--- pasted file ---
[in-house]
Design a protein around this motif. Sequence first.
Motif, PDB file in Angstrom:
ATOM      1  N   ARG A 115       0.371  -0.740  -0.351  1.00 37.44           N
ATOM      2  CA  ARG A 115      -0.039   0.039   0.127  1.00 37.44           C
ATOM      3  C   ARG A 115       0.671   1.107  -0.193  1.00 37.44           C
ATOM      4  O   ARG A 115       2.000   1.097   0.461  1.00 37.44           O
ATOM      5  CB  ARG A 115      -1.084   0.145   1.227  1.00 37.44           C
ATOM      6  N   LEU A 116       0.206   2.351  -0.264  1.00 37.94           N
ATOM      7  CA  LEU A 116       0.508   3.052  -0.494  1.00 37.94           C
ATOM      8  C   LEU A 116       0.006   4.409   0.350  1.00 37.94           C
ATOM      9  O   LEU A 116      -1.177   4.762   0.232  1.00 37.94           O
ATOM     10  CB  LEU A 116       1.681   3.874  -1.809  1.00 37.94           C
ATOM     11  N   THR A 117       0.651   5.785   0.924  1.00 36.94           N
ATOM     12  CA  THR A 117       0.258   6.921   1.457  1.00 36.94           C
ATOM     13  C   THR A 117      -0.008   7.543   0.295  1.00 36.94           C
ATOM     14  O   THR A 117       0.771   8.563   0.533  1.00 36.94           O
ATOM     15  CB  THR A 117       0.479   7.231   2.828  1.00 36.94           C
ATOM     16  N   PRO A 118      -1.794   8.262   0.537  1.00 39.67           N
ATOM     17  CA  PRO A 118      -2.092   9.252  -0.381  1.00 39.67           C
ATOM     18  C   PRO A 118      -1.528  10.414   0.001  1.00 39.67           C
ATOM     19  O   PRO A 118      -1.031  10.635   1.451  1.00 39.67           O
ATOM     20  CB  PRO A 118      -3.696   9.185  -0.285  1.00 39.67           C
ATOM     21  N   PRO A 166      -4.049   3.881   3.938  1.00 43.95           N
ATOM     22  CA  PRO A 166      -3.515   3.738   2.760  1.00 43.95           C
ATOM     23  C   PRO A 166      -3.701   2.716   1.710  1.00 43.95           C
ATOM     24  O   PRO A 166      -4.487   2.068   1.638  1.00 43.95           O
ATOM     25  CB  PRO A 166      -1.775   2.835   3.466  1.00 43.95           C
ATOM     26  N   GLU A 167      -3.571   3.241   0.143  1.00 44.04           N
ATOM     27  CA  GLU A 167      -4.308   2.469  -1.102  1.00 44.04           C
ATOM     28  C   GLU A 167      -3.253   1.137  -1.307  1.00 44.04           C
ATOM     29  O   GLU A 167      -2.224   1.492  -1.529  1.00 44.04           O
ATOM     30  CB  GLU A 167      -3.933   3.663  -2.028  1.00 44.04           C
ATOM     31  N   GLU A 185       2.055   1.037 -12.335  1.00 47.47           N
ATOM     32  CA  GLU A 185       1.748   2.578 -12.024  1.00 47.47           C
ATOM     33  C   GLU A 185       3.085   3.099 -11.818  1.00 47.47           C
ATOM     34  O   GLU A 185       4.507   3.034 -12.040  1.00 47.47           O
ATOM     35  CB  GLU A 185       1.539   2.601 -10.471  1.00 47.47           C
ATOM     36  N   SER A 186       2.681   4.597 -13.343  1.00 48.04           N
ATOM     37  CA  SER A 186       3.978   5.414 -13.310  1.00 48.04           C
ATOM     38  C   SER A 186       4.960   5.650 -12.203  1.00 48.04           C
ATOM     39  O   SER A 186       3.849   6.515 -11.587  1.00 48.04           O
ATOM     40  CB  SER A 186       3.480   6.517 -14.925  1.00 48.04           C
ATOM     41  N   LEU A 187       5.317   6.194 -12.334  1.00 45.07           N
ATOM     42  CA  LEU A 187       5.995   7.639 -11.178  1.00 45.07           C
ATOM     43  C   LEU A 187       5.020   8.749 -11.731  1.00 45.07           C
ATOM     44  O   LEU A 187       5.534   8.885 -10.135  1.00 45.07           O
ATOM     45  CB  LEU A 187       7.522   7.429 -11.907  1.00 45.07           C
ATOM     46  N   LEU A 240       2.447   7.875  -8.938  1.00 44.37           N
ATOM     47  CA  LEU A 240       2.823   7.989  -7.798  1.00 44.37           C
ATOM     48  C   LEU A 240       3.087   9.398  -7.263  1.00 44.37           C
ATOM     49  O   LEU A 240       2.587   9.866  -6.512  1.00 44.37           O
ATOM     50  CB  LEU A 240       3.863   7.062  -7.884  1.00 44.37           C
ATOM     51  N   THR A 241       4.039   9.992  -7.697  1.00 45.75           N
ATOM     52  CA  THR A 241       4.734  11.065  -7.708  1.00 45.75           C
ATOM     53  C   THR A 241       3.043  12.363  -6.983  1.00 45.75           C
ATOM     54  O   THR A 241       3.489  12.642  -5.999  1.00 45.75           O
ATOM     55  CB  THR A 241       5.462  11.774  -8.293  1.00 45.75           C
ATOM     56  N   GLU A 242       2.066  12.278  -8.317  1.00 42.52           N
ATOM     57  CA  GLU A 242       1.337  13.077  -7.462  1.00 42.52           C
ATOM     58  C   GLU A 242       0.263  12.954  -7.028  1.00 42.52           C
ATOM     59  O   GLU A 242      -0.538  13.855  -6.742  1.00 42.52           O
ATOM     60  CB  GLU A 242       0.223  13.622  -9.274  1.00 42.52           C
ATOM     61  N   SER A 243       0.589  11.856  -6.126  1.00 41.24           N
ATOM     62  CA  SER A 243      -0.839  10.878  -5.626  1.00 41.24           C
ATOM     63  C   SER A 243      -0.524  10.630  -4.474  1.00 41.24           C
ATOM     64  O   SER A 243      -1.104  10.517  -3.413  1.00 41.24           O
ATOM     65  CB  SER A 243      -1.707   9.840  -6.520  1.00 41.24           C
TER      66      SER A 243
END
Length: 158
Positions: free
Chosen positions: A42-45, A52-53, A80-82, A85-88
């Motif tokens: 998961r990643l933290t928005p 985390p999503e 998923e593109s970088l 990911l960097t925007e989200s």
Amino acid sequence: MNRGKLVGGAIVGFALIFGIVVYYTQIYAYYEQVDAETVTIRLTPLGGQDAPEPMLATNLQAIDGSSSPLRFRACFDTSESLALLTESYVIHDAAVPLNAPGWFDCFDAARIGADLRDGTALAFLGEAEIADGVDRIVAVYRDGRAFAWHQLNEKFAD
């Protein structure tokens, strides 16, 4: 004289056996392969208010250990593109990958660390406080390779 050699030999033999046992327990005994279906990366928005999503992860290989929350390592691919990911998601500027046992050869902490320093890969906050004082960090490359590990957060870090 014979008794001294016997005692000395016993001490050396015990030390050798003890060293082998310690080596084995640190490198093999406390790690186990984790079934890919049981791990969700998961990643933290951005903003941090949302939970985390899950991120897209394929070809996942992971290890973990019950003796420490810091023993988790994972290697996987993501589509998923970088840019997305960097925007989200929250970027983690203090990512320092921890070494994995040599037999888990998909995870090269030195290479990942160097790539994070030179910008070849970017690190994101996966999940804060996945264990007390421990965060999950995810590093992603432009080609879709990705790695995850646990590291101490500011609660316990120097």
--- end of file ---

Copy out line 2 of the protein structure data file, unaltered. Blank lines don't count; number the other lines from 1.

Design a protein around this motif. Sequence first.